RELATED ARTICLE Coronavirus Australia.  As the day unfolded: Victoria records 222 new COVID-19 cases as Sydney hotel quarantine guard contracts virus; Australian death toll jumps to 438
RELATED ARTICLE The NSW government is using CCTV cameras to count the number of people wearing masks in Sydney. CCTV monitors how many are wearing masks on trains
Just the first few, probably typical of all:
* I caught a bus this morning and my bus driver was NOT wearing a mask! ( I was).
* My limited experiences yesterday (Monday) in the Eastern Suburbs. Signs on all the buses requesting that riders wear masks. The only people actually wearing masks on the buses was the driver and me. Fortunately, buses weren't crowded so some social distancing was possible. Requesting people do the responsible thing has consistently proven to be ineffective. If you want to actually achieve an objective the right incentives need to be in place. Mandatory and enforced requirements are the only reasonable alternative.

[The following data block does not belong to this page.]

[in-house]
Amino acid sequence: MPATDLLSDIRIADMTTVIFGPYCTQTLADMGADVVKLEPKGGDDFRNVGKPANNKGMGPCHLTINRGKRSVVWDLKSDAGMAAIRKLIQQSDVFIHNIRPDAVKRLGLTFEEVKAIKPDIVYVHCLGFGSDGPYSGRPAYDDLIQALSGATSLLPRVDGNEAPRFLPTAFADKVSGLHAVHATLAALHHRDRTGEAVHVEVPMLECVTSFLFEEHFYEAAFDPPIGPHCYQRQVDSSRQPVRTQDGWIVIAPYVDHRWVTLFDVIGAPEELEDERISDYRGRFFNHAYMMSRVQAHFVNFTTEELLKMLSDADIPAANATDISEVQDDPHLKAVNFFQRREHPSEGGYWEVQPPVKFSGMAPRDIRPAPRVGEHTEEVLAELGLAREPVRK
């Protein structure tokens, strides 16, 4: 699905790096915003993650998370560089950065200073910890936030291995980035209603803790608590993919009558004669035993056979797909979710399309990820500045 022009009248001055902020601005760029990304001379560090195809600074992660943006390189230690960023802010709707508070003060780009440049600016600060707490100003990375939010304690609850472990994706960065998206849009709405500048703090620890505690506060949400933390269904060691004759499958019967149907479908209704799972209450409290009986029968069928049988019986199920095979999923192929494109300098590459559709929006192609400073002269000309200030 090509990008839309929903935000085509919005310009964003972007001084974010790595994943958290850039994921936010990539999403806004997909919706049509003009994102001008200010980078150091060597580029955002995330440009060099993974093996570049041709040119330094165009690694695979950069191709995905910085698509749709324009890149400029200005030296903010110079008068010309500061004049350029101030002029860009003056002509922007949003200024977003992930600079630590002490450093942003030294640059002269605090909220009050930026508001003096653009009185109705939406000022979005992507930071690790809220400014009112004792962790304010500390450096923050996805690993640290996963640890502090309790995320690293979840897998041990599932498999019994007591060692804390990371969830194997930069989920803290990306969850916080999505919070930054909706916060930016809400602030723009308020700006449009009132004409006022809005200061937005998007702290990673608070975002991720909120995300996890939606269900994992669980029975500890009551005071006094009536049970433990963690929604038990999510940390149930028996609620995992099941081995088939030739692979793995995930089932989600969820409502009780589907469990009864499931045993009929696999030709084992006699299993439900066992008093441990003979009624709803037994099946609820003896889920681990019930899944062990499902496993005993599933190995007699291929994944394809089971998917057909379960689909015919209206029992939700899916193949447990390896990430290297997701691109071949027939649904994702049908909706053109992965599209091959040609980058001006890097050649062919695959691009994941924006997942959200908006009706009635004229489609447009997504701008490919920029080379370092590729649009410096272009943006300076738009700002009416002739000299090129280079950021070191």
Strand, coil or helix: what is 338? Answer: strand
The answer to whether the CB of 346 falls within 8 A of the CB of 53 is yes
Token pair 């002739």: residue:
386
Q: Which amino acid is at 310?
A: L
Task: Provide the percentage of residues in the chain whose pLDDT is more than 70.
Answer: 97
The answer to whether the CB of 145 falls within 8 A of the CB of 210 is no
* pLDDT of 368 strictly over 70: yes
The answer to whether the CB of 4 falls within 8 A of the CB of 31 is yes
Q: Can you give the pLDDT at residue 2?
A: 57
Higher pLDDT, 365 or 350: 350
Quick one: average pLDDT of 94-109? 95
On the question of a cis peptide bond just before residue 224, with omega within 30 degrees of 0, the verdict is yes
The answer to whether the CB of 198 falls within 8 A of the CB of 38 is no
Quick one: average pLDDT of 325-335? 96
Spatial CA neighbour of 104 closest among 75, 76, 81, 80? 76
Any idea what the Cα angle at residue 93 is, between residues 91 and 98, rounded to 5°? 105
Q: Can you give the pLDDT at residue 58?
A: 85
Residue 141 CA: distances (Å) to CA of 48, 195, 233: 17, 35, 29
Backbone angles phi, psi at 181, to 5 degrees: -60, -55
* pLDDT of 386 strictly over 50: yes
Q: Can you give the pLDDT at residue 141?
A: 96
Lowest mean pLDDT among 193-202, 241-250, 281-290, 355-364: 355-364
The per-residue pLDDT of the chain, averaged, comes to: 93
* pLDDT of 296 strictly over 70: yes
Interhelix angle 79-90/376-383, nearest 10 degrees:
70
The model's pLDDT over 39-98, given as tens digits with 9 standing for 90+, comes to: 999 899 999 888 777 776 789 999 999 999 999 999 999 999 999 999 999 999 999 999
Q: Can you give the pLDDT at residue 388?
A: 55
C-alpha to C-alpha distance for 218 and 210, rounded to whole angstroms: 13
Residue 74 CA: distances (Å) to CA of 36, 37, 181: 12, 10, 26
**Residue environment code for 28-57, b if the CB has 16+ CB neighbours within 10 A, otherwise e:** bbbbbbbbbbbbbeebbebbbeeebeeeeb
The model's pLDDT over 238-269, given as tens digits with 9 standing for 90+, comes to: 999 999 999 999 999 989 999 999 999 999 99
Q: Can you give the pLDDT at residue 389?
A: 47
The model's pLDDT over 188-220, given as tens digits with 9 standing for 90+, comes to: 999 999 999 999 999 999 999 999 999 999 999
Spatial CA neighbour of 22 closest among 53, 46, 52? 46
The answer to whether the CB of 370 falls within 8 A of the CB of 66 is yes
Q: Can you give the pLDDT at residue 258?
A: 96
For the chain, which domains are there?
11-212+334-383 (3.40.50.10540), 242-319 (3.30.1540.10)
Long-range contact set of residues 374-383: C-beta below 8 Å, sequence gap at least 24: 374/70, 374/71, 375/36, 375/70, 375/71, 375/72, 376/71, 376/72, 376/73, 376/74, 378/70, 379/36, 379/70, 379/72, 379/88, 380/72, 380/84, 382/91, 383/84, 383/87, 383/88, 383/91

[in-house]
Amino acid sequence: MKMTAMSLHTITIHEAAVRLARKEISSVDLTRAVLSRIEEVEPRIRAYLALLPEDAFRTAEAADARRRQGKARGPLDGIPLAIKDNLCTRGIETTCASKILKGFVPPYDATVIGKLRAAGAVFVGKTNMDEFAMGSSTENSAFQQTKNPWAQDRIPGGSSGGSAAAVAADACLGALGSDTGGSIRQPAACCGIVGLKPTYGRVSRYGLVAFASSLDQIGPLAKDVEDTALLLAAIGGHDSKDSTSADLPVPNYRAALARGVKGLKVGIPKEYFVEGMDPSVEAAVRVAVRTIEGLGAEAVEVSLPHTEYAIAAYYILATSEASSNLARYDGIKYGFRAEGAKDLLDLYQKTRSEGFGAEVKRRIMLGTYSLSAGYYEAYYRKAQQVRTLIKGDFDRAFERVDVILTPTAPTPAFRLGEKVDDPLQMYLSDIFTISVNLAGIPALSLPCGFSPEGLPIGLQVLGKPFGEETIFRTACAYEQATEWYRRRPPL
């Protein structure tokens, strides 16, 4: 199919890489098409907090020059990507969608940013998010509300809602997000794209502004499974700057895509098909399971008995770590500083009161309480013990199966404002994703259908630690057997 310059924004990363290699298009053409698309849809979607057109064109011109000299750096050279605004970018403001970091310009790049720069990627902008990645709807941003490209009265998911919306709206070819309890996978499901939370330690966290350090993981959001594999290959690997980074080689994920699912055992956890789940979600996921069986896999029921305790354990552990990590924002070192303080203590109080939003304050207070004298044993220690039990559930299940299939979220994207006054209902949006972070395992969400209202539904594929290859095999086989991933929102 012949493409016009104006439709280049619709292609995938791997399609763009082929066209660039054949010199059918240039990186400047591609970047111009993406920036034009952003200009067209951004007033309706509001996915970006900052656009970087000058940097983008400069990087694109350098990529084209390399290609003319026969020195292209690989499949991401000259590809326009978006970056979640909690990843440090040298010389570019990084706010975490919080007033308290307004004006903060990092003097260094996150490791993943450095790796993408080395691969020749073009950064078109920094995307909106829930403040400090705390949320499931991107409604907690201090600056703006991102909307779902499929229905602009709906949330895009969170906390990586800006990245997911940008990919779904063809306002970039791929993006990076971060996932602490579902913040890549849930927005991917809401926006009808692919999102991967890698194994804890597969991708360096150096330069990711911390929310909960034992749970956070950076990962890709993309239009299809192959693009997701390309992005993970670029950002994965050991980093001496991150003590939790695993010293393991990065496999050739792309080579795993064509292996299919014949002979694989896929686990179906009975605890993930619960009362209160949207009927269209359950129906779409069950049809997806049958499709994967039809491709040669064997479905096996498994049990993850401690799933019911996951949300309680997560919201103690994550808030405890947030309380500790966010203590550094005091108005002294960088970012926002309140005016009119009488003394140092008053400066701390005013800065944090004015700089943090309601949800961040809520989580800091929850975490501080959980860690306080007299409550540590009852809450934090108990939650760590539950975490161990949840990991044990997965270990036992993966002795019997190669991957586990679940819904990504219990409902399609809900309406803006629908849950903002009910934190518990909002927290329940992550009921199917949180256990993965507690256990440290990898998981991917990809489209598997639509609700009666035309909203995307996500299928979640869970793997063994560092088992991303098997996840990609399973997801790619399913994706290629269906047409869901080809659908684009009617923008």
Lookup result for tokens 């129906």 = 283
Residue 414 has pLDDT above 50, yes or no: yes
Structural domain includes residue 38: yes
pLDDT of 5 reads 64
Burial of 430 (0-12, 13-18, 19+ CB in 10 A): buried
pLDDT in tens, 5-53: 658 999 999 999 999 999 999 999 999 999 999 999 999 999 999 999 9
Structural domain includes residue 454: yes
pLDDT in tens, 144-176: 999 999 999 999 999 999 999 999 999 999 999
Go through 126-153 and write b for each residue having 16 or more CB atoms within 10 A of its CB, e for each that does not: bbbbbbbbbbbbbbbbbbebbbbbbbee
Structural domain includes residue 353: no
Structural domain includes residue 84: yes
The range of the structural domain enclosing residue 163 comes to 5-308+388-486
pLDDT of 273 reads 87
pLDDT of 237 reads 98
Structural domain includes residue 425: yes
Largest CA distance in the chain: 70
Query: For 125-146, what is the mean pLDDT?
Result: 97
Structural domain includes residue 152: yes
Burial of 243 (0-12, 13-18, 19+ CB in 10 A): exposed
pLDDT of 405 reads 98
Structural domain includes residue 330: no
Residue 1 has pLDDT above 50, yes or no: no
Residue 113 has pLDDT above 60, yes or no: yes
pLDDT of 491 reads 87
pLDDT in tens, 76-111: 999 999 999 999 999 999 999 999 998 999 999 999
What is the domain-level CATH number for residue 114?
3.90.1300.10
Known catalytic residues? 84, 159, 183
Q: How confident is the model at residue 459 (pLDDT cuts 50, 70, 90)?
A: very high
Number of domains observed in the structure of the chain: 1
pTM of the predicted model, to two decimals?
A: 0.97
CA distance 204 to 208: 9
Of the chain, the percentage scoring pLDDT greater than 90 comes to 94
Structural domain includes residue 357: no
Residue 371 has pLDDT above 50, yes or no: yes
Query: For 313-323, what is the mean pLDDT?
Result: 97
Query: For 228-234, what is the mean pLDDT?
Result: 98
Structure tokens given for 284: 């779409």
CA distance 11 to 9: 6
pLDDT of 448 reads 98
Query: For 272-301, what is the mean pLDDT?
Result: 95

* Most drivers are not masking up themselves and packing out their buses. Everyone should wear them
* The union would have a much stronger argument if all their drivers also wore masks. Over the last week the majority of drivers on buses I caught were not wearing masks themselves.
* Just do it look how quick Victoria went down and Auckland is growing. I was on my bus this morning with a gent who was coughing & sneezing not covering up & no mask. Looked quite happy with himself. Only about a third of us had masks.

Some Brisbane CBD parking to go for permanent bicycle paths August 18, 2020

Shade structures on Brisbane's Victoria Bridge under council investigation August 18, 2020

Churchlands students sentenced over 'chillingly vicious' station attack August 18, 2020
Four of the five Churchlands Senior High School students who bashed a man so severely he was put in an induced coma will spend their first night in detention after being sentenced on Tuesday.